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Vitamin D deficiency common in older people

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Vitamin D is essential for strong bones, but new research shows that vitamin D deficiency is common in later life.

An investigation conducted by researchers at the German Research Centre for Environmental Health, Helmholtz Zentrum München, revealed that half of people over the age of 65 have suboptimal levels of vitamin D in the blood.

What’s more, one in four older adults has suboptimal levels of vitamin B12, which also plays an important role in bone health.

The study, published in the peer-reviewed journal Nutrients, is based on blood samples from 1,079 adults aged 65 to 93 years. The analysis, part of the population-based KORA-Age study, focused on levels of four micronutrients: vitamin D, folate, vitamin B12 and iron.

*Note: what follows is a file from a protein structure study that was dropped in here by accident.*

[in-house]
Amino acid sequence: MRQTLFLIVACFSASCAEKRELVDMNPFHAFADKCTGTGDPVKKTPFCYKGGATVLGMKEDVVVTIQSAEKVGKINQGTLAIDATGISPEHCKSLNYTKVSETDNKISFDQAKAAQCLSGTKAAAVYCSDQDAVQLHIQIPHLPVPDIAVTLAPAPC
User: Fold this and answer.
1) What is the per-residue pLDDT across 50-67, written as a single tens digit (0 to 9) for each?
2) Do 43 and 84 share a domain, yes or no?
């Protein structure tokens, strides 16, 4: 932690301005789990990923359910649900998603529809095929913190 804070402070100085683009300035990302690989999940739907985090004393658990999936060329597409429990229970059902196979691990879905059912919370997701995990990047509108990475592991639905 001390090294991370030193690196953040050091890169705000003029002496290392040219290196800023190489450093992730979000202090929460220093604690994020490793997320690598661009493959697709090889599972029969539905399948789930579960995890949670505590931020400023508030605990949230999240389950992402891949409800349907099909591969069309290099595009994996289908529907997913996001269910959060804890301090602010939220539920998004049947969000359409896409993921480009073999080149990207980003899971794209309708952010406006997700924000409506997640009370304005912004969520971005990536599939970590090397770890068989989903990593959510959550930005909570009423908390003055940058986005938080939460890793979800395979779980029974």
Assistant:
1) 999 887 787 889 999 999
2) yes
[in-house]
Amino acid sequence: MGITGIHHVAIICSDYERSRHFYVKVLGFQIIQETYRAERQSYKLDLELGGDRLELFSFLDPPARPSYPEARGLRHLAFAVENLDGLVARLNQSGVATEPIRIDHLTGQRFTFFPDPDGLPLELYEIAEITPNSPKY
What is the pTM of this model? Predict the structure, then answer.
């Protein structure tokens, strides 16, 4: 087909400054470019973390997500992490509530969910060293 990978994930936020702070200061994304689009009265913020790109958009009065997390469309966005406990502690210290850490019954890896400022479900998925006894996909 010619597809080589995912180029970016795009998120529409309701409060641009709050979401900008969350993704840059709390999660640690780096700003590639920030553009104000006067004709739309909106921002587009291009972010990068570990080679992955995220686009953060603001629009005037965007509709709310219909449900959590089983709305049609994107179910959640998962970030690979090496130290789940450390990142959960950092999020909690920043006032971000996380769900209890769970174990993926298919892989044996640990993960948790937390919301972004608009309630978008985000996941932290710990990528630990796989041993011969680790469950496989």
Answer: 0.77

“The results are very clear,” explained first author Romy Conzade. “Fifty-two percent of the examined older adults had vitamin D levels below 50 nmol/L and thus had a suboptimal vitamin D status.”

The scientists also found that 27% of older adults had vitamin B12 levels below the cut-off, iron levels were too low in 11%, and almost 9% did not have enough folate in their blood.

Experts recommend that, where possible, we should get all the vitamins and minerals we need by eating a healthy, balanced diet.

In the latest research, the majority of older adults with suboptimal vitamin levels were very old, physically inactive or frail. Special attention should be paid to these groups with a higher risk for micronutrient deficiencies, the researchers said.

“Our study also shows that regular intake of vitamin-containing supplements goes along with improved levels of the respective vitamins,” said study co-author Barbara Thorand. “However, vitamin-containing supplements are not a universal remedy, and particularly older people should watch out for maintaining a healthy and nutritious diet.”

Next, the authors plan to continue investigating the metabolic pathways that link supplement intake, micronutrient status and disease states.